Smoke billows following a blast near the Iranian embassy in Baghdad
Smoke billows following a blast near the Iranian embassy in Baghdad on the outskirts of the Iraqi capital's heavily-fortified Green Zone. Arab leaders met in Baghdad for a landmark summit, which included the first visit by a Kuwaiti emir since Iraq's 1990 invasion, but will stop short of calling for Syria's president to quit. © Ali al-Saadi - AFP
Smoke billows following a blast near the Iranian embassy in Baghdad
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Wissam Keyrouz and Ammar Karim, AFP
Last updated: March 29, 2012

Arab leaders tackle Syria at landmark summit

Arab leaders urged dialogue and an end to Syria's bloody crackdown at a landmark summit in Baghdad on Thursday, while Iraq's premier warned that arming rival camps would spark a "proxy war."

Regional leaders approved a resolution calling for an end to the government's crackdown on dissent, for the opposition to unite and for parties to the conflict to launch a "serious national dialogue."

Iraqi Prime Minister Nuri al-Maliki's remarks at the summit highlighted the split in the Arab League.

While hardliners Qatar and Saudi Arabia have called for President Bashar al-Assad to step down and for rebels opposing his regime to be supplied with weapons, others including Iraq have been pushing for a political reconciliation.

Gulf states, apart from Kuwait, largely snubbed the summit, with Riyadh and Doha only sending envoys to the first Arab meet to be held in the Iraqi capital in more than 20 years.

Nine visiting leaders attended the summit of the 22-member Arab League, along with UN chief Ban Ki-moon. Syria, which has been suspended from the pan-Arab body, was not invited.

"Based on our experience in Iraq, the option to arm either side of the conflict will lead to a regional and international proxy war in Syria," Maliki warned in his speech to Arab leaders, adding that "this option will prepare the ground for foreign military intervention in Syria."

Even as the summit was taking place, Syrian security forces assailed rebel strongholds across the country, a day after Assad's regime said it would not abide by any Arab League initiatives.

While regional officials wanted to tackle a wide variety of issues, ranging from the Arab-Israeli conflict to jumpstarting the bloc's economies, the summit was firmly focused on the crisis that has cost thousands of lives in Syria.

In his speech, UN chief Ban Ki-moon called for Syrian authorities to implement UN-Arab League envoy Kofi Annan's peace plan and for an end to the year-long violence ravaging the country.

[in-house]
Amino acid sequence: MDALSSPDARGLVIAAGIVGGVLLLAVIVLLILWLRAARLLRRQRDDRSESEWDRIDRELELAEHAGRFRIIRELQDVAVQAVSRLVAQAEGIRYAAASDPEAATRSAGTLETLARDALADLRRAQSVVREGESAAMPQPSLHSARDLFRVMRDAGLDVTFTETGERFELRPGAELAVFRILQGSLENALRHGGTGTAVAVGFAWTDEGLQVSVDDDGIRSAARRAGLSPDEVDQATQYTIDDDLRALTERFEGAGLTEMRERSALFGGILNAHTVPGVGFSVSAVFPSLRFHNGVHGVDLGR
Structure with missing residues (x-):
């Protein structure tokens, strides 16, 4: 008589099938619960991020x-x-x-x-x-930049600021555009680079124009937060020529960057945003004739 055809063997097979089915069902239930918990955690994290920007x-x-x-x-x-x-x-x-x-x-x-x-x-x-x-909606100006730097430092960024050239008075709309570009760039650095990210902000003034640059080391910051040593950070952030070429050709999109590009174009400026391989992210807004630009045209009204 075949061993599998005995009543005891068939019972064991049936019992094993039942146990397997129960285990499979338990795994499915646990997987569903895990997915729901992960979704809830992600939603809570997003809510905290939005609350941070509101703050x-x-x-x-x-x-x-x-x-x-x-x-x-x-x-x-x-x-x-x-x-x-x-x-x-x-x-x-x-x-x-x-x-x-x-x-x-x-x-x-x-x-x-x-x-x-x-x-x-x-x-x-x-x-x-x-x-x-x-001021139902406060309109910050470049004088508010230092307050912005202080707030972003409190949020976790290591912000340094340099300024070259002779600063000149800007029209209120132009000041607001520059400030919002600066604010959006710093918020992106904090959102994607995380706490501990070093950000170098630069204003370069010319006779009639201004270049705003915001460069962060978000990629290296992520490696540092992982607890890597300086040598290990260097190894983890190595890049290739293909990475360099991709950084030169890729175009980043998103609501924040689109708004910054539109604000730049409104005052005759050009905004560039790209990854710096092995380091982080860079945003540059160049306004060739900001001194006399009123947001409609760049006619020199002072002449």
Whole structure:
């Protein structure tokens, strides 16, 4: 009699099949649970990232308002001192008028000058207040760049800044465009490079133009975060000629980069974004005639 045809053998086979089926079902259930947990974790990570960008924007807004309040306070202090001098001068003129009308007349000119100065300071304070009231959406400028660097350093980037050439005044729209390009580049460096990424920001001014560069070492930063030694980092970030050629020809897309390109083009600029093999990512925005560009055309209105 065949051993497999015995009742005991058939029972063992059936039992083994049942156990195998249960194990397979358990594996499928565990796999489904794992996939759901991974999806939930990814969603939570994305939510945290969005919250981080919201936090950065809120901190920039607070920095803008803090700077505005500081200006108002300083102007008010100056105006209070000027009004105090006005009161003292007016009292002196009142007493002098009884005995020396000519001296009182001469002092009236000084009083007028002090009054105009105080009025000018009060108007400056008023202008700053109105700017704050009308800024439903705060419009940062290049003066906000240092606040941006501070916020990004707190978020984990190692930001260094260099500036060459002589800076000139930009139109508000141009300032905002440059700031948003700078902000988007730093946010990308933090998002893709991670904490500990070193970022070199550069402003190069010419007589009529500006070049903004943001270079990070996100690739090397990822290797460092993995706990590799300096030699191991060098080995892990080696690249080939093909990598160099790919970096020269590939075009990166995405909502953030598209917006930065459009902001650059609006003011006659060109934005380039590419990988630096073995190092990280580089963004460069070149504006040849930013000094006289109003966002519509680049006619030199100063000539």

"It is essential that President Assad put those commitments into immediate effect. The world is waiting for commitments to be translated into action. The key here is implementation. There is no time to waste," he said.

Annan's plan includes a commitment to stop all violence, daily two-hour humanitarian ceasefires and media access to all areas affected by the fighting.

Syrian state news agency SANA said Thursday that Assad had agreed to the plan.

"The acceptance means that there may be a sign of hope, and the Syrian government has to immediately and fully implement the points presented by Mr Kofi Annan," Arab League chief Nabil al-Arabi said at a closing news conference.

Tunisian President Moncef Marzouki, however, told the summit that Damascus was only aiming to prolong the conflict so the regime could "negotiate ... from a position of strength."

"There is no solution except for the president to step down," he said.

A resolution approved by the leaders called on the "Syrian government and all opposition factions to deal positively with the envoy (Annan) by starting serious national dialogue."

It also called on the Syrian opposition "to unify its ranks and prepare ... to enter into serious dialogue" with the regime, while also saying that "the Syrian government should immediately stop all actions of violence and killing."

And it said "the massacre committed by the Syrian military and security forces against civilians in Baba Amr... can be considered crimes (against) humanity," referring to a district of the flashpoint city of Homs in central Syria.

Iraq deployed 100,000 security forces in an effort to prevent attacks on the summit, and officials closed down swathes of roads and mobile networks and shut down the country's airspace.

Last week, Al-Qaeda-claimed attacks nationwide killed 50 people, including three in a car bombing opposite the foreign ministry.

Despite razor-tight security measures for the summit that in effect shut down Baghdad, a mortar round struck near the Iranian embassy on the outskirts of the heavily-fortified Green Zone where the summit was held, a police official said.

The blast caused no casualties but damaged the embassy, according to the official.

The interior ministry said on its website that "we succeeded in maintaining security during the summit," and it thanked "the citizens for their cooperation and patience."

In Washington, US State Department Mark Toner congratulated Iraq on staging the summit.

"All indications are that it has gone well and that Iraq should be proud of what it's been able to accomplish in recent years," Toner told reporters.

"We believe the hosting of this summit is indicative of its positive role in the region and among the community of nations," he said.

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